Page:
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Viacom to Sell Most of Simon & Schuster

Media: Company will keep consumer business of publisher, whose sale could net up to $4 billion.

January 15, 1998|From Bloomberg News

NEW YORK — Viacom Inc. put much of its Simon & Schuster book-publishing company up for sale, a move that could bring the media company as much as $4 billion.

The business, which includes the publisher's educational, professional and reference segments, has annual sales of about $2 billion. Viacom will keep Simon & Schuster's consumer unit, which produced a string of bestsellers last year.

Viacom is likely to use proceeds from the sale to halve its $8-billion debt, analysts said. The move comes amid speculation by analysts that Viacom will also eventually spin off its Blockbuster chain of video stores to focus on its core entertainment business, including Paramount Pictures and cable TV channels such as MTV.

"You will have a smaller but much sexier company with more attractive assets," said Richard Read, analyst at Arnhold & S. Bleichroeder.

New York-based Viacom also said its troubled Blockbuster chain is showing signs of turning around. Sales at outlets open at least a year rose in the fourth quarter--the first increase in a year and a half.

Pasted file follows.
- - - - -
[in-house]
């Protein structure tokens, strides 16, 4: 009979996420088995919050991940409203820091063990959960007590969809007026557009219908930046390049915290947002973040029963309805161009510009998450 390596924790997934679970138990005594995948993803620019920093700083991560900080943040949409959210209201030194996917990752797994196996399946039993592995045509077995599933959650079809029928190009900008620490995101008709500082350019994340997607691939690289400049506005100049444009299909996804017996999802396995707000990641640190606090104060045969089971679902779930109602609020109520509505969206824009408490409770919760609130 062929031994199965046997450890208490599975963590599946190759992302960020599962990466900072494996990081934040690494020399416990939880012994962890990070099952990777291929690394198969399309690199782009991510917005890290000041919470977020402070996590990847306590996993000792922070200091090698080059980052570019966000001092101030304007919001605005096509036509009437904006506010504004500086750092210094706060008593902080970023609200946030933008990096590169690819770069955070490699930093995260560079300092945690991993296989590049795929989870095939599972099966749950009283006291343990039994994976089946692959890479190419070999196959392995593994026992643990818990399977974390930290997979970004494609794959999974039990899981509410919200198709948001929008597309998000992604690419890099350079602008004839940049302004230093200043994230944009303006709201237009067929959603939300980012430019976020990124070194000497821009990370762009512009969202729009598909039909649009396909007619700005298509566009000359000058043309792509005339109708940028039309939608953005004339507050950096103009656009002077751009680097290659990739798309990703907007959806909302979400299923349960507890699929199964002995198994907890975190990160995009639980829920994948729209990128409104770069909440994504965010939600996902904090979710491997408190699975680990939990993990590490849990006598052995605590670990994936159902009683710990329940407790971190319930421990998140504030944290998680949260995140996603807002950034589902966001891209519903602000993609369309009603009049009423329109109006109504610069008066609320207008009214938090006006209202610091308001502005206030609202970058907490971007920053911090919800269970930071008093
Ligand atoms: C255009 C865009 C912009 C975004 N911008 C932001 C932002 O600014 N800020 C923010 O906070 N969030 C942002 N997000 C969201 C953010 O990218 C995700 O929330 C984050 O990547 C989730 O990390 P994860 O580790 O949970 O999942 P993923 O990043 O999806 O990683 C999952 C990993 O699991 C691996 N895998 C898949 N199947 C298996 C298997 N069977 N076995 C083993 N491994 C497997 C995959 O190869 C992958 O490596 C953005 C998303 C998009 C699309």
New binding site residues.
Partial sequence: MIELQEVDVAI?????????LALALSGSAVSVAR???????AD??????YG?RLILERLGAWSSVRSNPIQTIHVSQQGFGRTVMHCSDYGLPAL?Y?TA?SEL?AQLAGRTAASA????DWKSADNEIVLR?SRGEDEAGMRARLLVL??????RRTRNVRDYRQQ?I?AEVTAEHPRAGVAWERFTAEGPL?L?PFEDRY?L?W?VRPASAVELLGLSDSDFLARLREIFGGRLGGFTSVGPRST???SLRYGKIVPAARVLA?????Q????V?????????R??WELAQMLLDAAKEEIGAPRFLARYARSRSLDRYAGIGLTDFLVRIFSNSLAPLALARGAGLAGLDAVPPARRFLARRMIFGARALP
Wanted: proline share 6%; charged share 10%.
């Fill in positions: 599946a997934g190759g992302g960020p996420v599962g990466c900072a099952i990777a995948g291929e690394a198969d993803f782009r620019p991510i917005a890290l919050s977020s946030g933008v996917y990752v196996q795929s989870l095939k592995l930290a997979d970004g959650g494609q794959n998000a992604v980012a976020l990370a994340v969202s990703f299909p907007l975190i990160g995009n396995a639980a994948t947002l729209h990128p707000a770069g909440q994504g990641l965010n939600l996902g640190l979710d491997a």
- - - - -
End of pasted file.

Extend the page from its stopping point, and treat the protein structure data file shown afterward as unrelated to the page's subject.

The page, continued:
The company has been revamping the chain by adding more copies of hit movies and focusing on video rentals rather than sales.

Viacom said it expects to reach an agreement in the second quarter for its publishing assets. Possible buyers include McGraw-Hill Cos. and Bantam Doubleday Dell, which is owned by Bertelsmann, analysts said.

"When we are all done, even after paying taxes, we'll make more money on the sale of Simon & Schuster than we paid for it," said Sumner Redstone, chairman and chief executive of Viacom. "One frustration is that concerns over Blockbuster on Wall Street have totally obscured the value of our other businesses."

He said the sale will unlock the value of the book division for shareholders while allowing the company to reduce debt. Redstone said he wants to restore Blockbuster to the growth engine it once was before considering a spinoff.

Simon & Schuster is one of the most profitable book publishers in an industry that has been hurt by lower sales, analysts said. It is the largest publisher of educational and computer books.

"Simon & Schuster doesn't really fit in with Viacom's entertainment production and distribution businesses," said David Londoner, an analyst at Schroder & Co.

Speculation about a possible sale of the publisher has been the main reason Viacom's widely traded Class B shares are up 44% since the end of October. The shares fell 44 cents to close at $43.38 on the American Stock Exchange.

Some investors think Blockbuster, which saw its business falter after a disastrous move away from its main rental business, should be the next to go.

"A spin off of Blockbuster would put their balance sheet in a position to pursue acquisitions in the entertainment sector," said analyst Barry Hyman of Ehrenkrantz, King, Nussbaum Inc., which owns more than 30,000 Viacom shares for clients.

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